From acclaimed author Jen Holling comes the second novel in a sensual new trilogy full of passion and intrigue about a trio of sisters with the remarkable gift of witchcraft.
Gillian MacDonell has always felt lacking because, unlike her sisters, she did not inherit any mystical powers. But when her father arranges a match with notorious Nicholas Lyon, Earl of Kincreag -- a Scotsman rumored to have murdered his wife -- strange visions plague her like never before. From Gillian's first moment inside Kincreag Castle, she is filled with foreboding and when attempts are made on her life, she fears the rumors may be true. But their passion burns bright and Nicholas's cold heart starts to melt. Will his desire for her turn to wrath when he learns that she's really a witch after all?
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June 29, 2005
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Excerpt from My Devilish Scotsman by Jen Holling
The woman hummed a tune she had heard recently and fancied, as she prepared the final fatal dose of poison for her current husband. Excitement gripped her, anticipation of the long-awaited denouement. She liked to draw it out, to watch them suffer and decline as they looked to her to care for their needs. And she did. Sympathetically. Lovingly.
They deserved her special treatment. Most of them had been very good to her. She worked hard to make their short time together full of happiness.
She brought the steaming cup, poison masked in rich broth, to her husband. He was older than the others, but wealthy and kind. Handsome in a distinguished way, with graying black hair and dark eyes, and a finely muscled form before the poison had wasted the muscle from his bones. He'd reminded her of another man.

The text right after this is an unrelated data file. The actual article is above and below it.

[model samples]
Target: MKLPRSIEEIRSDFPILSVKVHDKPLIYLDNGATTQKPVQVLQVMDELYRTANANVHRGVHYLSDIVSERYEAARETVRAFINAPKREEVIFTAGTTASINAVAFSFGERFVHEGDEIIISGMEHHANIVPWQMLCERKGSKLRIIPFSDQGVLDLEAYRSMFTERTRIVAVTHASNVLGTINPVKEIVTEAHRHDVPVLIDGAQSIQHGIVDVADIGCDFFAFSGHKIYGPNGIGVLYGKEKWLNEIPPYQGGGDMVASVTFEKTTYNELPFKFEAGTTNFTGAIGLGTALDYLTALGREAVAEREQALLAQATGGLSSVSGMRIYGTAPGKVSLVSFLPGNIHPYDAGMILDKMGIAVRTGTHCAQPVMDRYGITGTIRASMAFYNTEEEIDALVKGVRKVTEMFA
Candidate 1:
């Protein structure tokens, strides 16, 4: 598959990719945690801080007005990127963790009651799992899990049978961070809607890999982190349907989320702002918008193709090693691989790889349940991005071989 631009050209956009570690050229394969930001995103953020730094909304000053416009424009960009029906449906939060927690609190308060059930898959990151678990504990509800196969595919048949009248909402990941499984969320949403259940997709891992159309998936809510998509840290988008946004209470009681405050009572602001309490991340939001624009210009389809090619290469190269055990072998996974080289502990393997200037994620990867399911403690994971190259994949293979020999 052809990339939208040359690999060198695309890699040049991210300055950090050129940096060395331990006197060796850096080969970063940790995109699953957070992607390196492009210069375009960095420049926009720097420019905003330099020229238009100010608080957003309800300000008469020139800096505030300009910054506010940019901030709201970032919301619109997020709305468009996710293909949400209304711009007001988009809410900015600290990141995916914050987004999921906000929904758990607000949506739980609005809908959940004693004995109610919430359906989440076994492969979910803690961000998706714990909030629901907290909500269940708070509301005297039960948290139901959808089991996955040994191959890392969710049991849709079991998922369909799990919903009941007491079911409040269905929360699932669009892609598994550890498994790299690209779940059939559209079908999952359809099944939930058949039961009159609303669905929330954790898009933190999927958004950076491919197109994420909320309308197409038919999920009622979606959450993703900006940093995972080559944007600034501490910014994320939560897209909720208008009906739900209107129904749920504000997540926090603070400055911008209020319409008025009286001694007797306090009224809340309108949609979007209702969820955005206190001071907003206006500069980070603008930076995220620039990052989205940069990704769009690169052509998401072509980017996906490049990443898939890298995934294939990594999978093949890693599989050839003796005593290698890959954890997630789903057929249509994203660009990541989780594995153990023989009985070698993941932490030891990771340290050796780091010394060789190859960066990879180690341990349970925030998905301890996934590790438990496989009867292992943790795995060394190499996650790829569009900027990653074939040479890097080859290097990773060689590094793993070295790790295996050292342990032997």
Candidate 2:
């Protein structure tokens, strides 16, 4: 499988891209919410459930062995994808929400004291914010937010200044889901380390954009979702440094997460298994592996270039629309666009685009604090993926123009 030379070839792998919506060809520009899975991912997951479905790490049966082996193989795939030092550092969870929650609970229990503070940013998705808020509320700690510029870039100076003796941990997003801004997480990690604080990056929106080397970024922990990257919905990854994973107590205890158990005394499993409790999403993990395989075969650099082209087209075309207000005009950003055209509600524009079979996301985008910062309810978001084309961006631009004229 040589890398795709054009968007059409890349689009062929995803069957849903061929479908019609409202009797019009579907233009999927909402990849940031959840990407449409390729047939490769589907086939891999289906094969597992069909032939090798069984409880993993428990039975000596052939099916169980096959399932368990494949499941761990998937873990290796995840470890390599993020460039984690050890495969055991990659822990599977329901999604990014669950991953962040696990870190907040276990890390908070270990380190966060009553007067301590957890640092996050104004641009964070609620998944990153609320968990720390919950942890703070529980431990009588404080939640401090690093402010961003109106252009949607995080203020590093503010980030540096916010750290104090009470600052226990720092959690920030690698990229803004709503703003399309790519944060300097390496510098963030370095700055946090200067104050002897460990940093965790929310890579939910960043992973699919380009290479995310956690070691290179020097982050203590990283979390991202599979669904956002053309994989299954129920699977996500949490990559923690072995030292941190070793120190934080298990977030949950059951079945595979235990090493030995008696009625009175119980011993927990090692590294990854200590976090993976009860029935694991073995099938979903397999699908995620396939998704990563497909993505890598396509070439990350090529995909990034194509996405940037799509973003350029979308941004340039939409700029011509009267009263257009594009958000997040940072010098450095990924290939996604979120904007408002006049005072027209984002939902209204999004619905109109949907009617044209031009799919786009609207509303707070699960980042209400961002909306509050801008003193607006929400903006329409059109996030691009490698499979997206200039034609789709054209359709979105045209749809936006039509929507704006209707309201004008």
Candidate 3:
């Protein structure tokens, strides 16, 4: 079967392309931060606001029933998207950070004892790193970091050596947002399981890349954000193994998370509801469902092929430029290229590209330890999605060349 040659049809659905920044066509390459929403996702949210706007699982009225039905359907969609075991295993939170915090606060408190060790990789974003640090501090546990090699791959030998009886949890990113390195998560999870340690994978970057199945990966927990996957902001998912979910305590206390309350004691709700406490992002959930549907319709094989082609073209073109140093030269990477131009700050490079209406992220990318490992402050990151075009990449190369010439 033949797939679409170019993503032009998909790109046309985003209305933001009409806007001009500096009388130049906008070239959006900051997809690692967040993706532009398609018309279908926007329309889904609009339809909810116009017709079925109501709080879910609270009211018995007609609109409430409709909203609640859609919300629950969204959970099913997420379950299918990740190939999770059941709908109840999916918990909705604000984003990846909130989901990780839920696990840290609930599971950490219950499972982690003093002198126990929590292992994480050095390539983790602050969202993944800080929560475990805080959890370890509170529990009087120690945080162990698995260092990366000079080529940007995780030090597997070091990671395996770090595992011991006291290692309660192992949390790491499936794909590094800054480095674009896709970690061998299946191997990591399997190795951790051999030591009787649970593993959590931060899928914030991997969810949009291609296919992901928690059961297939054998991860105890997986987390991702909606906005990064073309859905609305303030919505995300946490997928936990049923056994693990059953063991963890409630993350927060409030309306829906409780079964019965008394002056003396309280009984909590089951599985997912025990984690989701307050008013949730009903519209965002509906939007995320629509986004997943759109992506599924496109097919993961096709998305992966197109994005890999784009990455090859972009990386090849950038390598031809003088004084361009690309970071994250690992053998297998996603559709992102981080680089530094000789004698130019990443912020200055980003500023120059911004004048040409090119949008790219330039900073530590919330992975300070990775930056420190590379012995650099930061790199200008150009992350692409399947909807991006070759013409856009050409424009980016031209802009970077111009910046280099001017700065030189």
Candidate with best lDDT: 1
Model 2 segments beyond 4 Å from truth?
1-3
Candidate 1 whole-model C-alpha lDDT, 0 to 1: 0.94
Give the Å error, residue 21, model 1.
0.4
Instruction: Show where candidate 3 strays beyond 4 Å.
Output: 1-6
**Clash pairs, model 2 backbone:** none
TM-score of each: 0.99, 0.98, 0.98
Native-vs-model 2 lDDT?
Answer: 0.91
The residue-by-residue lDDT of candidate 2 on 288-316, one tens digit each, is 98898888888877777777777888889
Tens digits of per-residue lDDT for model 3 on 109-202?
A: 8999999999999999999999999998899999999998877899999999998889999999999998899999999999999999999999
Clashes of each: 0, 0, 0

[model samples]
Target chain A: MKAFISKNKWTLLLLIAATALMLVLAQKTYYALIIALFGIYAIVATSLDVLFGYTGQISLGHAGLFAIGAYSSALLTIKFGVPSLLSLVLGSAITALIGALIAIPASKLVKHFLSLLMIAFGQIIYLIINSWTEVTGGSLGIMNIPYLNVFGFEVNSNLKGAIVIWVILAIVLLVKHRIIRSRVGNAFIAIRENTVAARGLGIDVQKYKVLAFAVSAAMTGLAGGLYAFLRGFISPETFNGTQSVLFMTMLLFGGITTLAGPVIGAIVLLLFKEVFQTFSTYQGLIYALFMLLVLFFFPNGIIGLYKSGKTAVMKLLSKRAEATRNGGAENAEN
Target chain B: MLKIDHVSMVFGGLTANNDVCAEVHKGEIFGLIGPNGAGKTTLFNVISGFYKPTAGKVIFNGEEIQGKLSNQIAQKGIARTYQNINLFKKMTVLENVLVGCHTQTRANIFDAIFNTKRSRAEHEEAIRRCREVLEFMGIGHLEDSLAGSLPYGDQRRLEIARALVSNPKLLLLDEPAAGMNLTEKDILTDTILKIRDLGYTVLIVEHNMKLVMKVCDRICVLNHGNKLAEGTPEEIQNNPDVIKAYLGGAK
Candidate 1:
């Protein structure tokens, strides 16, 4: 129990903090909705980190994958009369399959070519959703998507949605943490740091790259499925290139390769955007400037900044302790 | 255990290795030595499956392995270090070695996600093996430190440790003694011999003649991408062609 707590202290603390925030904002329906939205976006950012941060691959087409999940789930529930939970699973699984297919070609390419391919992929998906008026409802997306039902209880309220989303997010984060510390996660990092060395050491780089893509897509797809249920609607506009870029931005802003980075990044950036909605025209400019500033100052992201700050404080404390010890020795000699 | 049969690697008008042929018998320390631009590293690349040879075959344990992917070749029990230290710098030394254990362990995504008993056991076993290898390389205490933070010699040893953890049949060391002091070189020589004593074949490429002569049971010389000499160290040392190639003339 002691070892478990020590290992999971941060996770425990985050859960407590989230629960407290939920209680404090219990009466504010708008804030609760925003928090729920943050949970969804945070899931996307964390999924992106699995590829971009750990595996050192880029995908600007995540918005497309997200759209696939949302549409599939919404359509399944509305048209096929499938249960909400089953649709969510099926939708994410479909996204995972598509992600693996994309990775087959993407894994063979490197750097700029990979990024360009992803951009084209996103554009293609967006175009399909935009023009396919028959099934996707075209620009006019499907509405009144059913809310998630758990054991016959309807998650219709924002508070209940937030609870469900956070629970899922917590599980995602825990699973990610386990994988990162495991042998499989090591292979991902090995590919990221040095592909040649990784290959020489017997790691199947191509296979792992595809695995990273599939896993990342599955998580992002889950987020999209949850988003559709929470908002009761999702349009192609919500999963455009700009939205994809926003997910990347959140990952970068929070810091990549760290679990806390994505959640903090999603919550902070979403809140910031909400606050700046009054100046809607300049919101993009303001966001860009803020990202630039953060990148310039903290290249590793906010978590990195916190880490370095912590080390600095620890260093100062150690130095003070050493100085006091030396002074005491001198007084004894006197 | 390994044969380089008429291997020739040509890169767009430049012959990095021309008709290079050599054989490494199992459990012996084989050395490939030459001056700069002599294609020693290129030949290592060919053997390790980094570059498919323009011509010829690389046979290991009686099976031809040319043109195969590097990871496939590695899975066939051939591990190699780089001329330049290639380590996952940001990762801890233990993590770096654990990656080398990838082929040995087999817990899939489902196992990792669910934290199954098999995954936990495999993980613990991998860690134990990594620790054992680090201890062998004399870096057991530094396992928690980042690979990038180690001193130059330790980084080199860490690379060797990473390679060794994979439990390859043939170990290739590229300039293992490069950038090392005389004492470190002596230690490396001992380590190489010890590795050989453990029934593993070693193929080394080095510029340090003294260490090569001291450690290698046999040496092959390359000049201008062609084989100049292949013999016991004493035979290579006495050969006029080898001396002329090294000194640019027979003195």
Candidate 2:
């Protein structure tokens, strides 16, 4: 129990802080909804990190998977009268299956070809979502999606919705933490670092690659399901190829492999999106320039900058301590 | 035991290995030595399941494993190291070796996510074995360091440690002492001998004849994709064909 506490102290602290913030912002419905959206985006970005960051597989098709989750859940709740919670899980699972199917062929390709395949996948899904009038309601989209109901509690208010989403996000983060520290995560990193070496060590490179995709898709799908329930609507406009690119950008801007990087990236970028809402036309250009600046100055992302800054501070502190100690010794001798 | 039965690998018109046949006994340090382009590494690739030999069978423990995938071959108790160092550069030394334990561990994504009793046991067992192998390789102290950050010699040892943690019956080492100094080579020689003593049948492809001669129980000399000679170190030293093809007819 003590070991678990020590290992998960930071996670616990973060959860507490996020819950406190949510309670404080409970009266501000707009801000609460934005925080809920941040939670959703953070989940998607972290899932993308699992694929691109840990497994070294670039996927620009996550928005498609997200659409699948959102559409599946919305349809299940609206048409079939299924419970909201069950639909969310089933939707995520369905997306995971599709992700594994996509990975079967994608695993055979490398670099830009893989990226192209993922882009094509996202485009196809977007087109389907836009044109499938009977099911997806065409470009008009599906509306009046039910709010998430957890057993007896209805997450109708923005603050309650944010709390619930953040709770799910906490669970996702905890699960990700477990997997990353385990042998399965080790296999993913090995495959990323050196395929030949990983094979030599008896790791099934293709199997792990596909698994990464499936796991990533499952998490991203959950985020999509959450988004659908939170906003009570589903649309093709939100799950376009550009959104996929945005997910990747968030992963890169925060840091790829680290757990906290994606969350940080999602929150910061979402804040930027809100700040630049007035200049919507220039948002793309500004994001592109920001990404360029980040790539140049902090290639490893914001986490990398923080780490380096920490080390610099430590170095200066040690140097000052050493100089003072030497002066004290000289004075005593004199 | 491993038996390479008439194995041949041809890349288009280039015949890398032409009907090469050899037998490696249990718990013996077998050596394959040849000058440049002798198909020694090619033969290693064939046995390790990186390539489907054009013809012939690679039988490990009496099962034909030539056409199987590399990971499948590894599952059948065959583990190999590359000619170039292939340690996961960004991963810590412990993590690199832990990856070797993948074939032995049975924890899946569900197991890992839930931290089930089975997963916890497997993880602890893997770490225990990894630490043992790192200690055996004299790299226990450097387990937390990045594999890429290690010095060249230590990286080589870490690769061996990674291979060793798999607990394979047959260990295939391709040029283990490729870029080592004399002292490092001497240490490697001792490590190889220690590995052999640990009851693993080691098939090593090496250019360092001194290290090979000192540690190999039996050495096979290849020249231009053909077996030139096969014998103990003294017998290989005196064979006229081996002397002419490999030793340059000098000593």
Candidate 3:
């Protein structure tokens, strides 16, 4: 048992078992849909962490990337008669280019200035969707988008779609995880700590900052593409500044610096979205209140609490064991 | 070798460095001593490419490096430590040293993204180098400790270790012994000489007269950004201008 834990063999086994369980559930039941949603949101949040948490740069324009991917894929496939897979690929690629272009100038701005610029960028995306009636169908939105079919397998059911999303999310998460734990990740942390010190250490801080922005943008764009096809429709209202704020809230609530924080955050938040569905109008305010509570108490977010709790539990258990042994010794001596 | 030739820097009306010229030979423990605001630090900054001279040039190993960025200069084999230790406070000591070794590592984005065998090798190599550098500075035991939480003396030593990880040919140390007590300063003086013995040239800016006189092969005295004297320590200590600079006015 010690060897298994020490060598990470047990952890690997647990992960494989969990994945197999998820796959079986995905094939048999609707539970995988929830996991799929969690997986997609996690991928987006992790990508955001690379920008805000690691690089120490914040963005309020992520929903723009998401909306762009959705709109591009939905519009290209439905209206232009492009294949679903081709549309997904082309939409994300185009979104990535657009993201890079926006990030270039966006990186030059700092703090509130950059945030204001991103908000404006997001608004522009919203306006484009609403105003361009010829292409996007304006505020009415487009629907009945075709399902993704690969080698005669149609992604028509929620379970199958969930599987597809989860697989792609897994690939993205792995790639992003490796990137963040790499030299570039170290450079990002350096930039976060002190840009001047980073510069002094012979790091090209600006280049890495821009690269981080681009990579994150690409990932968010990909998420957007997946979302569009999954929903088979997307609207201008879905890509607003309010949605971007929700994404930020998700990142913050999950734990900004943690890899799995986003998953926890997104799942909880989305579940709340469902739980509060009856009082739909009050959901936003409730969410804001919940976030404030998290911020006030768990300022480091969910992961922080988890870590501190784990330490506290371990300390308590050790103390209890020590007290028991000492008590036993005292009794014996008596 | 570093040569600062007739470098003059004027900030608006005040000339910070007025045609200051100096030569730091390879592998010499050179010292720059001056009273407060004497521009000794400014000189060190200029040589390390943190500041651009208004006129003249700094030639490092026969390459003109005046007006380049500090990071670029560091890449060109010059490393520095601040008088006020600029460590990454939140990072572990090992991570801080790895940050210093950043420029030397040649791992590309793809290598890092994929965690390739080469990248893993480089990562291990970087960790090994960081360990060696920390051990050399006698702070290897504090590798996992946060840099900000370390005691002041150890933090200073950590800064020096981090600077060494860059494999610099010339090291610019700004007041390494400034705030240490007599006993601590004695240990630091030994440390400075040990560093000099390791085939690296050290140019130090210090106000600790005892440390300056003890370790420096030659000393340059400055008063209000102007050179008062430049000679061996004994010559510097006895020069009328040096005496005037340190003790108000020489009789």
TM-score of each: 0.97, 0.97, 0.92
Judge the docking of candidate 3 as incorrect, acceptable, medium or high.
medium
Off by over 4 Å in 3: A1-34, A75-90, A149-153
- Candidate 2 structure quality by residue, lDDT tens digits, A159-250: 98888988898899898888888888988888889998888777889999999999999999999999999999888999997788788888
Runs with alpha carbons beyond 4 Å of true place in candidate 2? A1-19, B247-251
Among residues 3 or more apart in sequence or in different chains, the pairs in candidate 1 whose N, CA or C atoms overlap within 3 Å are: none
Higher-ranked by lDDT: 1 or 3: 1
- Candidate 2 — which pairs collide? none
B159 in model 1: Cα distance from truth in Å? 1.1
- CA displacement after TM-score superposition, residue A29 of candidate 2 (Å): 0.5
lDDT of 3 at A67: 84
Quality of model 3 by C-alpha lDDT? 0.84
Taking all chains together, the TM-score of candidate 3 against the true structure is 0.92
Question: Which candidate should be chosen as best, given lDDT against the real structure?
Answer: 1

The memory soured her pleasure, so she was rather brusque when pressing the broth into her husband's hands, sloshing some down the front of his snowy white nightshirt. He looked up at her uncertainly. So worried and dependent that her heart softened to him.
She sat on his bedside and dabbed up the spill. "There, there, my love. This will make it all better, methinks."
He drank it down. When he was finished, she took the cup from his palsied hands and set it aside.
And then she watched him, waiting. Soon the first signs of the poison began. The skin around his mouth and eyes drew tight. His hands clutched his belly. His gaze jerked to her, eyes bulging with fright.
"That's it," she cooed and slid beneath the blankets, putting her arms around him. "It will only hurt a moment."
His mouth opened and he gasped her name, his body drawing rigid in her arms. His throat worked, expelling garbled words. He fought her embrace, but he was weak and she was strong. Excitement flowed through her, gathering deep in her belly, sending heat and tingling down her thighs. She held her lover tight in her arms as he convulsed, her own pleasure contracting her body in perfect harmony with his. It was beautiful. It always was. But when it was over, she did not feel sated.